* “At the Alzheimer’s Assn. International Conference in London last week, researchers reported their preliminary findings from a trial that is testing the impact of diagnostic testing for Alzheimer’s disease on nearly 19,000 Medicare beneficiaries … with a diagnosis of either ‘mild cognitive impairment’ or atypical dementia. The study … set out to find out whether knowing — getting the costly test that would offer either confirmation or reprieve — would change the way that patients with cognitive troubles are treated, or the way that they plan their lives. The preliminary results suggested it did. After getting the results of a PET brain scan to detect and measure amyloid deposits, which are the key hallmark of Alzheimer’s disease, roughly two-thirds of the subjects saw their medication regimens changed or were counseled differently by their doctors about what to expect. That new information may have guided family caregivers in planning their own futures, or prodded patients to make financial decisions and power-of-attorney assignments sooner. Some who learned that they did not have Alzheimer’s discontinued medications that can have unpleasant side effects. Others learned they do have Alzheimer’s and decided to enroll in clinical trials that will test new drugs.”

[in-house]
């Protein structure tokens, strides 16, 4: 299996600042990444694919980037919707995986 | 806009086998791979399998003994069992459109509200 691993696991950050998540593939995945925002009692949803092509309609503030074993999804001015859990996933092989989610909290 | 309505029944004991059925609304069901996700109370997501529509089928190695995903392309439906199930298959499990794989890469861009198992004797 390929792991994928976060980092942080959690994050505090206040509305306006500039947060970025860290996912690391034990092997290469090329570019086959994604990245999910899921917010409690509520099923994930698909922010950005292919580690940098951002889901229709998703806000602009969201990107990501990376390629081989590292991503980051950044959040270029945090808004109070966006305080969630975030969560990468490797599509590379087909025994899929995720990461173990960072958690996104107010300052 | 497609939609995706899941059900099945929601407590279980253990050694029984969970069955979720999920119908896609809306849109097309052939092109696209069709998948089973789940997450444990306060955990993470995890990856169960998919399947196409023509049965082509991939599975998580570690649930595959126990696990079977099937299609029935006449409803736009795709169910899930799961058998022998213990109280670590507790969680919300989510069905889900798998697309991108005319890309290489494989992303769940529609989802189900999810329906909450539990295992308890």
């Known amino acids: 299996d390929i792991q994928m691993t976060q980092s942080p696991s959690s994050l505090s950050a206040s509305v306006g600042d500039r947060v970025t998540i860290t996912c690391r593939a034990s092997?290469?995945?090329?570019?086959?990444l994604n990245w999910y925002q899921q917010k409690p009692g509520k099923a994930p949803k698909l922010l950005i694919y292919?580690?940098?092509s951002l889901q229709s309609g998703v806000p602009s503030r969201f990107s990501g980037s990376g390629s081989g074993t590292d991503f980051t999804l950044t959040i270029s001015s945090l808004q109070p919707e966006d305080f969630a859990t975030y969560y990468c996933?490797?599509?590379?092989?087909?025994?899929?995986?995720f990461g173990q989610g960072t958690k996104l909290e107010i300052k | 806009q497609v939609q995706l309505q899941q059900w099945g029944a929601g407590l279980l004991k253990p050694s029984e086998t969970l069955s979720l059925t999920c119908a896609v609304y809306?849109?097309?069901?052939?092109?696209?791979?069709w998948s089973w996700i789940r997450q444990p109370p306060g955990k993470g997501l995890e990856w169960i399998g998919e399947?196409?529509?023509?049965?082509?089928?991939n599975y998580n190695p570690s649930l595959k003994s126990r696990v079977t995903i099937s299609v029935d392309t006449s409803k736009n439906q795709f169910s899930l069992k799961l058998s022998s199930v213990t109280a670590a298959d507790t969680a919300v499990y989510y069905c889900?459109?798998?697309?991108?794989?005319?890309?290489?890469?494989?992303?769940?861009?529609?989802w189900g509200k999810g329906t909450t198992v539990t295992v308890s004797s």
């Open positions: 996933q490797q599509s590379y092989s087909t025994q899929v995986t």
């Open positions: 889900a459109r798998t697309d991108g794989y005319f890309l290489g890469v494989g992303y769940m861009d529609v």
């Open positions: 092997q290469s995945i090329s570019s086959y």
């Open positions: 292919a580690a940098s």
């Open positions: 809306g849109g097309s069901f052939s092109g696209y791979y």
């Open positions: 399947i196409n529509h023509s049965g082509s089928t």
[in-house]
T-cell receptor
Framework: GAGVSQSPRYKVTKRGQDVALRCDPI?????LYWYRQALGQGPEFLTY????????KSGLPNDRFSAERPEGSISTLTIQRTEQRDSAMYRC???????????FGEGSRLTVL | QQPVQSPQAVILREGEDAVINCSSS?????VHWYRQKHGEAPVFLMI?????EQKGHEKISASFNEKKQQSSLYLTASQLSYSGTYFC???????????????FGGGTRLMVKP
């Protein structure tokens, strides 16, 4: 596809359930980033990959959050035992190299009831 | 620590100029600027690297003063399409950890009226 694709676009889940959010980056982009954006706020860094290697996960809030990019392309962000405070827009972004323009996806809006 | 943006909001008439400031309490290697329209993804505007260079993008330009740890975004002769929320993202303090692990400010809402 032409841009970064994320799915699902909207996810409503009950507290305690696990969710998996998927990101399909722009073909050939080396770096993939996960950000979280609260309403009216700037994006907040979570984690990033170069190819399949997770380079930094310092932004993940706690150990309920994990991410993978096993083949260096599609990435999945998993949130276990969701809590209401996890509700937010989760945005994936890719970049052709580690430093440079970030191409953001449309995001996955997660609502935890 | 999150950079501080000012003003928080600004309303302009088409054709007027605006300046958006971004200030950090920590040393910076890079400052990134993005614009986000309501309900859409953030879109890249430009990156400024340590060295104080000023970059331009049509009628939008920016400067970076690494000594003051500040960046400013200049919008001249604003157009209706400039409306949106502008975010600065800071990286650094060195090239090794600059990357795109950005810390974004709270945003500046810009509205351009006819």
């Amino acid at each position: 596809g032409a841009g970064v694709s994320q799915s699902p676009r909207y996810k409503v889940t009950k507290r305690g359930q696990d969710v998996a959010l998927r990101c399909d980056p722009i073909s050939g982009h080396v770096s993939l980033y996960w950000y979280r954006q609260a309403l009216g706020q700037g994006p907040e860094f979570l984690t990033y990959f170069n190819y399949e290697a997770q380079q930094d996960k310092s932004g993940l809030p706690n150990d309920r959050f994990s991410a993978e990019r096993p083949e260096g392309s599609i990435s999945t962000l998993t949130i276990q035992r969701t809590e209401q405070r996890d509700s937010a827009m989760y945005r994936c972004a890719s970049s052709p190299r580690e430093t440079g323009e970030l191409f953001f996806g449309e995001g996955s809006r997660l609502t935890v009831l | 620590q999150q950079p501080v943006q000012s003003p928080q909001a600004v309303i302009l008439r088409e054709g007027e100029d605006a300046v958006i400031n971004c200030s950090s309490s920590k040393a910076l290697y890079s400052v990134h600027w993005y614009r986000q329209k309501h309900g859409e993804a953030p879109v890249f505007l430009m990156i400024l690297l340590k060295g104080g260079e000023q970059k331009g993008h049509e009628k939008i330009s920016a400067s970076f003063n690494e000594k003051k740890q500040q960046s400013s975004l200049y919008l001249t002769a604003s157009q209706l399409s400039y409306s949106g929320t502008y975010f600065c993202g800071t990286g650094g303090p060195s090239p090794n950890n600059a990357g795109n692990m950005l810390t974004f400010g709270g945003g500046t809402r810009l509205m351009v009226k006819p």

* “A second study presented in London analyzed data from several studies, and found that in a large population of research participants with cognitive concerns, brain amyloid PET scans led to a change in diagnosis in approximately 20% of cases.”

* “To the estimated 16 million Americans living with some form of cognitive impairment, telling the difference could make a significant difference. Dementia forms with different origins progress differently (or sometimes not at all). They respond best to different medications, and will come to require different levels of care and treatment. Some (though not Alzheimer’s) can even be reversed with treatment. Being able to distinguish which form of dementia a patient has should help doctors and caregivers to make better choices.”

Here’s a link to the full article:


Science Now
Is it Alzheimer’s or another dementia form? Why doctors need to distinguish and how they might do so
by Melissa Healy
LA Times
July 27, 2017